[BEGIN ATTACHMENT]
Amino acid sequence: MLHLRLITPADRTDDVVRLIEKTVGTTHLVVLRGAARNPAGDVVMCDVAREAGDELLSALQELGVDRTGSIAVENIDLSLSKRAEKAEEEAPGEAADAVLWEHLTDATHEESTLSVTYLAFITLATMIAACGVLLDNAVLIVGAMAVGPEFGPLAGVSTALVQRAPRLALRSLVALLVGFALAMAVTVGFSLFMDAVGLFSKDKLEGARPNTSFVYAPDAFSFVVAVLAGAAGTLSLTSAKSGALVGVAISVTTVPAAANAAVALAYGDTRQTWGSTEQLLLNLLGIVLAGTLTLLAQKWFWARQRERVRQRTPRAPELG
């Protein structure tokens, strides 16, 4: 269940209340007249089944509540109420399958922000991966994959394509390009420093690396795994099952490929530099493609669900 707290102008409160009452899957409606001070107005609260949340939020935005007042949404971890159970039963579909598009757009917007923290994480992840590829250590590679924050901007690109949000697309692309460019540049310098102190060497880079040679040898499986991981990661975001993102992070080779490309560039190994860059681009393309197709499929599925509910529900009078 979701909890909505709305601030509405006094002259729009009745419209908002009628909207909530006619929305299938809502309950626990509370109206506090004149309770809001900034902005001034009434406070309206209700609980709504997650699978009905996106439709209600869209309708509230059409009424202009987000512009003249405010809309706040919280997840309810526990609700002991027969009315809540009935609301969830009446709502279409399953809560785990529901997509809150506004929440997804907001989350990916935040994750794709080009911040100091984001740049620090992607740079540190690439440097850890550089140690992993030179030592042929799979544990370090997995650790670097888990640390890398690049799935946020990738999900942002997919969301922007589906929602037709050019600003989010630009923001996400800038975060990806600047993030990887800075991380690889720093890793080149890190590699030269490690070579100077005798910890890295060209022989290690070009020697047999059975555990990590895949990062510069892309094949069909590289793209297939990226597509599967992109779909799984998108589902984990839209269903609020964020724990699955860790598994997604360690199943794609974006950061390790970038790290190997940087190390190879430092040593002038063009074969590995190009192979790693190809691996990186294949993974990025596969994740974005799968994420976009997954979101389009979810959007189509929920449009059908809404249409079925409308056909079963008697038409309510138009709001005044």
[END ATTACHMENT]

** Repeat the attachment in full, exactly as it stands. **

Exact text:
Amino acid sequence: MLHLRLITPADRTDDVVRLIEKTVGTTHLVVLRGAARNPAGDVVMCDVAREAGDELLSALQELGVDRTGSIAVENIDLSLSKRAEKAEEEAPGEAADAVLWEHLTDATHEESTLSVTYLAFITLATMIAACGVLLDNAVLIVGAMAVGPEFGPLAGVSTALVQRAPRLALRSLVALLVGFALAMAVTVGFSLFMDAVGLFSKDKLEGARPNTSFVYAPDAFSFVVAVLAGAAGTLSLTSAKSGALVGVAISVTTVPAAANAAVALAYGDTRQTWGSTEQLLLNLLGIVLAGTLTLLAQKWFWARQRERVRQRTPRAPELG
């Protein structure tokens, strides 16, 4: 269940209340007249089944509540109420399958922000991966994959394509390009420093690396795994099952490929530099493609669900 707290102008409160009452899957409606001070107005609260949340939020935005007042949404971890159970039963579909598009757009917007923290994480992840590829250590590679924050901007690109949000697309692309460019540049310098102190060497880079040679040898499986991981990661975001993102992070080779490309560039190994860059681009393309197709499929599925509910529900009078 979701909890909505709305601030509405006094002259729009009745419209908002009628909207909530006619929305299938809502309950626990509370109206506090004149309770809001900034902005001034009434406070309206209700609980709504997650699978009905996106439709209600869209309708509230059409009424202009987000512009003249405010809309706040919280997840309810526990609700002991027969009315809540009935609301969830009446709502279409399953809560785990529901997509809150506004929440997804907001989350990916935040994750794709080009911040100091984001740049620090992607740079540190690439440097850890550089140690992993030179030592042929799979544990370090997995650790670097888990640390890398690049799935946020990738999900942002997919969301922007589906929602037709050019600003989010630009923001996400800038975060990806600047993030990887800075991380690889720093890793080149890190590699030269490690070579100077005798910890890295060209022989290690070009020697047999059975555990990590895949990062510069892309094949069909590289793209297939990226597509599967992109779909799984998108589902984990839209269903609020964020724990699955860790598994997604360690199943794609974006950061390790970038790290190997940087190390190879430092040593002038063009074969590995190009192979790693190809691996990186294949993974990025596969994740974005799968994420976009997954979101389009979810959007189509929920449009059908809404249409079925409308056909079963008697038409309510138009709001005044």